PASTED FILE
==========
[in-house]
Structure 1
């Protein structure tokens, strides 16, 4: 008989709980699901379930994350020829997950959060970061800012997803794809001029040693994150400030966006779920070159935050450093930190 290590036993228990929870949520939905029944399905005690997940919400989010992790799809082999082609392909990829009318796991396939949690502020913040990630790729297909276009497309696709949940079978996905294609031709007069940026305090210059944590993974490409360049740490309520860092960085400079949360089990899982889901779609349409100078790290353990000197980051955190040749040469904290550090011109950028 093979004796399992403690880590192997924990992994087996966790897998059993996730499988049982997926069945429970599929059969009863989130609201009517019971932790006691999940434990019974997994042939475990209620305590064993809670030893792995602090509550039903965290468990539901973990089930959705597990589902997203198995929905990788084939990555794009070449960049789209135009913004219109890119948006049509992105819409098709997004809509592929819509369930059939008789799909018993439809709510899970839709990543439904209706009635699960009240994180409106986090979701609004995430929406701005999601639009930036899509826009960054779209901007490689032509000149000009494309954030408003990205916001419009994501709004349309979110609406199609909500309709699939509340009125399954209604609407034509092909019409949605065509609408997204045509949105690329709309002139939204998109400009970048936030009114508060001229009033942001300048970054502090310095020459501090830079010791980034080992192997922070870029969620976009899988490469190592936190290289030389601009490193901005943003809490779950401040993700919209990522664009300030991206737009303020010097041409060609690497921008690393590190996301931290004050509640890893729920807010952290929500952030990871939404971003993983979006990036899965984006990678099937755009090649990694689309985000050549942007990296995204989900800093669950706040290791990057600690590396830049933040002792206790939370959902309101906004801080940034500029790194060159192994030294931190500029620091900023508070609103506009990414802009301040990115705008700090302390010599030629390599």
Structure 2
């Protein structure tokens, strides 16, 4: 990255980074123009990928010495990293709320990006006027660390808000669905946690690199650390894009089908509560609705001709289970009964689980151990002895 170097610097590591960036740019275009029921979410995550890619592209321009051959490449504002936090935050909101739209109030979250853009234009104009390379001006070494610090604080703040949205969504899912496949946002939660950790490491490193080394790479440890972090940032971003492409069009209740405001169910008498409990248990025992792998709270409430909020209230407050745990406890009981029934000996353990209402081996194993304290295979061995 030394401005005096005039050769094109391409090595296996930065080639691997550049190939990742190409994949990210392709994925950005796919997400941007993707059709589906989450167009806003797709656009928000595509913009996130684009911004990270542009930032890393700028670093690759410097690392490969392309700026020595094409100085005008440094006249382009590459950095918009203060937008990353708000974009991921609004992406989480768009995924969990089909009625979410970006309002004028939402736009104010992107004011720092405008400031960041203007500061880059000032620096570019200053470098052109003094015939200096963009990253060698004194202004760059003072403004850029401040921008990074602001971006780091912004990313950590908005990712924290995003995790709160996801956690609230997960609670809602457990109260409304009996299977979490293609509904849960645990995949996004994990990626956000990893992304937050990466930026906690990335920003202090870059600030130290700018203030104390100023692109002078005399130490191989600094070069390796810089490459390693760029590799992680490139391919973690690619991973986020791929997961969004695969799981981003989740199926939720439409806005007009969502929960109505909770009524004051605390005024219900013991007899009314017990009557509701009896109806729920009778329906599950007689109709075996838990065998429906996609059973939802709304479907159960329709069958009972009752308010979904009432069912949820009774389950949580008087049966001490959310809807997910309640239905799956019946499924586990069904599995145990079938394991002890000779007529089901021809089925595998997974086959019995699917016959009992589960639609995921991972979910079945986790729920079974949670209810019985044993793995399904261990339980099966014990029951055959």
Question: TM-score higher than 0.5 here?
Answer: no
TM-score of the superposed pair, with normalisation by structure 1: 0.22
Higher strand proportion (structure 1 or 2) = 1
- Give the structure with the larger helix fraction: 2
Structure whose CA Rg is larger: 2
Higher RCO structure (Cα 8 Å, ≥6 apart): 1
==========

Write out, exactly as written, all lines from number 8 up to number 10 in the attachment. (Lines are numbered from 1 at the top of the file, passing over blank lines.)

TM-score of the superposed pair, with normalisation by structure 1: 0.22
Higher strand proportion (structure 1 or 2) = 1
- Give the structure with the larger helix fraction: 2